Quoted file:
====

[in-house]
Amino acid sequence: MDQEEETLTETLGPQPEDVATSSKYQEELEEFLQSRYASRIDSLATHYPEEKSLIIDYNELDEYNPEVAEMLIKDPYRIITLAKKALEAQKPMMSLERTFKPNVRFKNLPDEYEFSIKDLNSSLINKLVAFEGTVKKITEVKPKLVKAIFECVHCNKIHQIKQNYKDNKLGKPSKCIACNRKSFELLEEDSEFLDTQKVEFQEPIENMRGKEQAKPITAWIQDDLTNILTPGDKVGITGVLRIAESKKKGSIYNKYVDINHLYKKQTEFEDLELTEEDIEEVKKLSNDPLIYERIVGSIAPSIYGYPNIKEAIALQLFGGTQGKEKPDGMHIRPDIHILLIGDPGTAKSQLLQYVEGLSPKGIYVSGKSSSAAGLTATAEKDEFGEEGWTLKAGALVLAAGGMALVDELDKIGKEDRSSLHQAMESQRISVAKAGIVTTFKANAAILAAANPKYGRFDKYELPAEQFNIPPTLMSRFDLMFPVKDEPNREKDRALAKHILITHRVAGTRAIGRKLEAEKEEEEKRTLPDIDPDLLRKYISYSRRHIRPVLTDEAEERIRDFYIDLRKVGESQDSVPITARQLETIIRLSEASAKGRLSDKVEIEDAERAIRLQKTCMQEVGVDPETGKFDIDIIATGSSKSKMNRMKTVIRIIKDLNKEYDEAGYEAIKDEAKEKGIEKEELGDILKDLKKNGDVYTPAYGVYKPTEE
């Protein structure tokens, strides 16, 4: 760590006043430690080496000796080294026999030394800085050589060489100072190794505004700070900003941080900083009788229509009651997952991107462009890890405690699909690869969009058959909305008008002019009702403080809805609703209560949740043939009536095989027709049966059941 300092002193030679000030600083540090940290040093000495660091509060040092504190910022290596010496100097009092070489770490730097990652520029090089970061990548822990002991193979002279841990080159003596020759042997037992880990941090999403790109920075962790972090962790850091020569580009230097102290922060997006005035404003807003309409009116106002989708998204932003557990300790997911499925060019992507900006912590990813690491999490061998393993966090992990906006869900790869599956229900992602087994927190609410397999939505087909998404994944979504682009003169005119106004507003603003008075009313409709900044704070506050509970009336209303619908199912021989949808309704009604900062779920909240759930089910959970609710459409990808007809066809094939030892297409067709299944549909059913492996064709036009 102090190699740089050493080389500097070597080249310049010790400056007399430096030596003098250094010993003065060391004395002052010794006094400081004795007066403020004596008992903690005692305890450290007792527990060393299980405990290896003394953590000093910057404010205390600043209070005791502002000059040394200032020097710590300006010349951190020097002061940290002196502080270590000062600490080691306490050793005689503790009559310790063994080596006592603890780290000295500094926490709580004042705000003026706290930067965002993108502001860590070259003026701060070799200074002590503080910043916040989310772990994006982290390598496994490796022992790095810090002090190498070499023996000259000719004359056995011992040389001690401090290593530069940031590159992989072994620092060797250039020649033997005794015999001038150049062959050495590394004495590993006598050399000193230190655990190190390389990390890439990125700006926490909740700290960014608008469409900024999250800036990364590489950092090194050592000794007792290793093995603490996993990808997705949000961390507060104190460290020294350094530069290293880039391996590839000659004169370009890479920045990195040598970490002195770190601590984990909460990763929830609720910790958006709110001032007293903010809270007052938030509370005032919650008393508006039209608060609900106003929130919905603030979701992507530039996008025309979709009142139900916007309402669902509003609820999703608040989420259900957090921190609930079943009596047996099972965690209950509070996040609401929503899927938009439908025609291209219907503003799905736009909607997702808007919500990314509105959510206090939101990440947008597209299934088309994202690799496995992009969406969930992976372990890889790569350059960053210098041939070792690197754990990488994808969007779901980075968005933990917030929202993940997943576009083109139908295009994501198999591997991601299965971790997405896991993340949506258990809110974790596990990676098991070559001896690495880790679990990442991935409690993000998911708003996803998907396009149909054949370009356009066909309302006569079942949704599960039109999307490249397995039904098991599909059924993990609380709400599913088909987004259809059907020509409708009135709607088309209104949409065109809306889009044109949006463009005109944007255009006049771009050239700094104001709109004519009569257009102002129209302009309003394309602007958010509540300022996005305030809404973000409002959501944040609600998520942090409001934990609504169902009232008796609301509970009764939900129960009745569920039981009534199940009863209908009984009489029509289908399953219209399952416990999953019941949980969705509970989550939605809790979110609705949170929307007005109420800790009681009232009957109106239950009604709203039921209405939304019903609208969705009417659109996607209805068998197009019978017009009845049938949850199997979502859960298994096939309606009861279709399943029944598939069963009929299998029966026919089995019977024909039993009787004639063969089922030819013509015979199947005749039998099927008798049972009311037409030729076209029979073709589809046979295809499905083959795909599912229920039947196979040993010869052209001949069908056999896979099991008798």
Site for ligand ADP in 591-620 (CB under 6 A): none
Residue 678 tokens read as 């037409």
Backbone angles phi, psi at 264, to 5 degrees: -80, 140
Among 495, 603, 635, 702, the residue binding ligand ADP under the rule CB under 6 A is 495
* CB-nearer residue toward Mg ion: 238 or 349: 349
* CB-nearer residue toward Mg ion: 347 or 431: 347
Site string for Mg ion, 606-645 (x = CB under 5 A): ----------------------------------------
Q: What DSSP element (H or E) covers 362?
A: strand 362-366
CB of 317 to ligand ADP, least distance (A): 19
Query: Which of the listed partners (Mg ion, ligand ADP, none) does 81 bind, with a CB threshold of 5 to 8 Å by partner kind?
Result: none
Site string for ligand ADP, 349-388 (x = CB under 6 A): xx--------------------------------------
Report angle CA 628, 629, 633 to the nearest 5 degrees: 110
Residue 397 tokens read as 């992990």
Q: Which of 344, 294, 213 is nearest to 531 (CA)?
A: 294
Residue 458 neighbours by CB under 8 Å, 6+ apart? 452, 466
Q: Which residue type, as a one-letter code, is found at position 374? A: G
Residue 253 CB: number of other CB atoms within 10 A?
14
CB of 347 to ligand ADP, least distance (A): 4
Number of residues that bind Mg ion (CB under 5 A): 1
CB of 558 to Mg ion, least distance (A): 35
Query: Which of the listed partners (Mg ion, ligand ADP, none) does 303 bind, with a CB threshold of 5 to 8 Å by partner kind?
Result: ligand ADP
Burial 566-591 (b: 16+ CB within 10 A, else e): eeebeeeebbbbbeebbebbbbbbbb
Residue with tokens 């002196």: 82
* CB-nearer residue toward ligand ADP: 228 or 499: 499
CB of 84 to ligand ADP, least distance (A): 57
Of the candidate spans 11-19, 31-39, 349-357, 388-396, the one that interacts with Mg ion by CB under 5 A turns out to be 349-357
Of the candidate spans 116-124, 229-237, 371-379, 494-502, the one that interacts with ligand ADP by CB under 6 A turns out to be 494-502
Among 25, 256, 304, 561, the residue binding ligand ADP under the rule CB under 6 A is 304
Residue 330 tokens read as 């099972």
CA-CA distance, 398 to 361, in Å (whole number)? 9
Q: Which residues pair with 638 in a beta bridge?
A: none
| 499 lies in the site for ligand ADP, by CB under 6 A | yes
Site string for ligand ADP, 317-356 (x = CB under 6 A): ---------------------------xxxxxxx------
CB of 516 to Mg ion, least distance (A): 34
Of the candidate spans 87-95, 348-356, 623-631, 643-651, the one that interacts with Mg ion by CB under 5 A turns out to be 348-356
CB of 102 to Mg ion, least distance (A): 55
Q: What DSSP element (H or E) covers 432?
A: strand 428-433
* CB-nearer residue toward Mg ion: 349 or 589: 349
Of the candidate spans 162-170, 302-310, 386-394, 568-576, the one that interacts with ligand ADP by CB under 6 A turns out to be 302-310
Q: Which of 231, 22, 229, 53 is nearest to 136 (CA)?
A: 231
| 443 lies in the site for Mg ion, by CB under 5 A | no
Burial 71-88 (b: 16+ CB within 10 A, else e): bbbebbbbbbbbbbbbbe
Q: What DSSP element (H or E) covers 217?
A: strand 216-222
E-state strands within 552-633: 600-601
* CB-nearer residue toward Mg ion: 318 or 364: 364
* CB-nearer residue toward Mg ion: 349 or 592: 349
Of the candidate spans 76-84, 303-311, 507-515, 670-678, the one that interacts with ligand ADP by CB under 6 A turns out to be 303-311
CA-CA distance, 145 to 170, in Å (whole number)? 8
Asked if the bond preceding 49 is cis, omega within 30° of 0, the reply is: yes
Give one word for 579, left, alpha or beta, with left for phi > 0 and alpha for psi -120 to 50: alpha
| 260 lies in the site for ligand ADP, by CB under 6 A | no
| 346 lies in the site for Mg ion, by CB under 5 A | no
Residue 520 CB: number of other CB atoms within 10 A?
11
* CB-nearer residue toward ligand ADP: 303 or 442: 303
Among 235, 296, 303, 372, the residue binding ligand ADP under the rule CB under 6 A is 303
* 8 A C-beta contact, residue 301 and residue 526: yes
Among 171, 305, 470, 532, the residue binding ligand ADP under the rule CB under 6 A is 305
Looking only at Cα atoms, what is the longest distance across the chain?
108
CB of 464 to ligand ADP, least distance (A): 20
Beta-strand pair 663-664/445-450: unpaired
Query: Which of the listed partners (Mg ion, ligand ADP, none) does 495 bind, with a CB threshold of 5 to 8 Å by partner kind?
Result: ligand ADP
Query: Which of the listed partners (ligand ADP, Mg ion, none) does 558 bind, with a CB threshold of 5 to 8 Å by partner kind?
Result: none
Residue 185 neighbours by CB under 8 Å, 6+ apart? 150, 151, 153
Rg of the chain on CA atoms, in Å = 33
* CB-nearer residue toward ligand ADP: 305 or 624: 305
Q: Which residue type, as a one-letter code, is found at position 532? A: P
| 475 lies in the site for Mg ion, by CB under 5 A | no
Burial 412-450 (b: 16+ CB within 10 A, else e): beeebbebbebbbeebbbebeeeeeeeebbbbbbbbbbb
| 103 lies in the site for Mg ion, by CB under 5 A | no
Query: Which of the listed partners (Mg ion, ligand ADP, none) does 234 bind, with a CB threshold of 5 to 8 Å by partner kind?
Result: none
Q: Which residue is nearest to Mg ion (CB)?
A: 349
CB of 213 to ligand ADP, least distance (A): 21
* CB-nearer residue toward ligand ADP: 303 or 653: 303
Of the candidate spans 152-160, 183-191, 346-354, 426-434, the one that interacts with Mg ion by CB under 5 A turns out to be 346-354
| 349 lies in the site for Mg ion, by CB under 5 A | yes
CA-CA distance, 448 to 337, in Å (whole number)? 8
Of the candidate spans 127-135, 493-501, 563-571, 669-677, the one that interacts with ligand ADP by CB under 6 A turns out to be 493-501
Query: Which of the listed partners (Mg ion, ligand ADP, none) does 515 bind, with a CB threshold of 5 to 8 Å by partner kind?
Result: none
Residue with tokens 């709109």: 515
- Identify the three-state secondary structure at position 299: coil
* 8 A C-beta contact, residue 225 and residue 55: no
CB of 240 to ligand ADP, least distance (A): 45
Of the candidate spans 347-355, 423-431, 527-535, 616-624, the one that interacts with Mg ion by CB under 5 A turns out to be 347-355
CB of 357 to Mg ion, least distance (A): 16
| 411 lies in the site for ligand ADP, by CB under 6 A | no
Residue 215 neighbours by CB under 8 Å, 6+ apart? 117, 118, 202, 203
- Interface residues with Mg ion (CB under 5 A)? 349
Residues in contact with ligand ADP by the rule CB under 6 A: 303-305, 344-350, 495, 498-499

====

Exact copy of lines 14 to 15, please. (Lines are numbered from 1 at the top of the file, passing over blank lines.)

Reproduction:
Query: Which of the listed partners (Mg ion, ligand ADP, none) does 81 bind, with a CB threshold of 5 to 8 Å by partner kind?
Result: none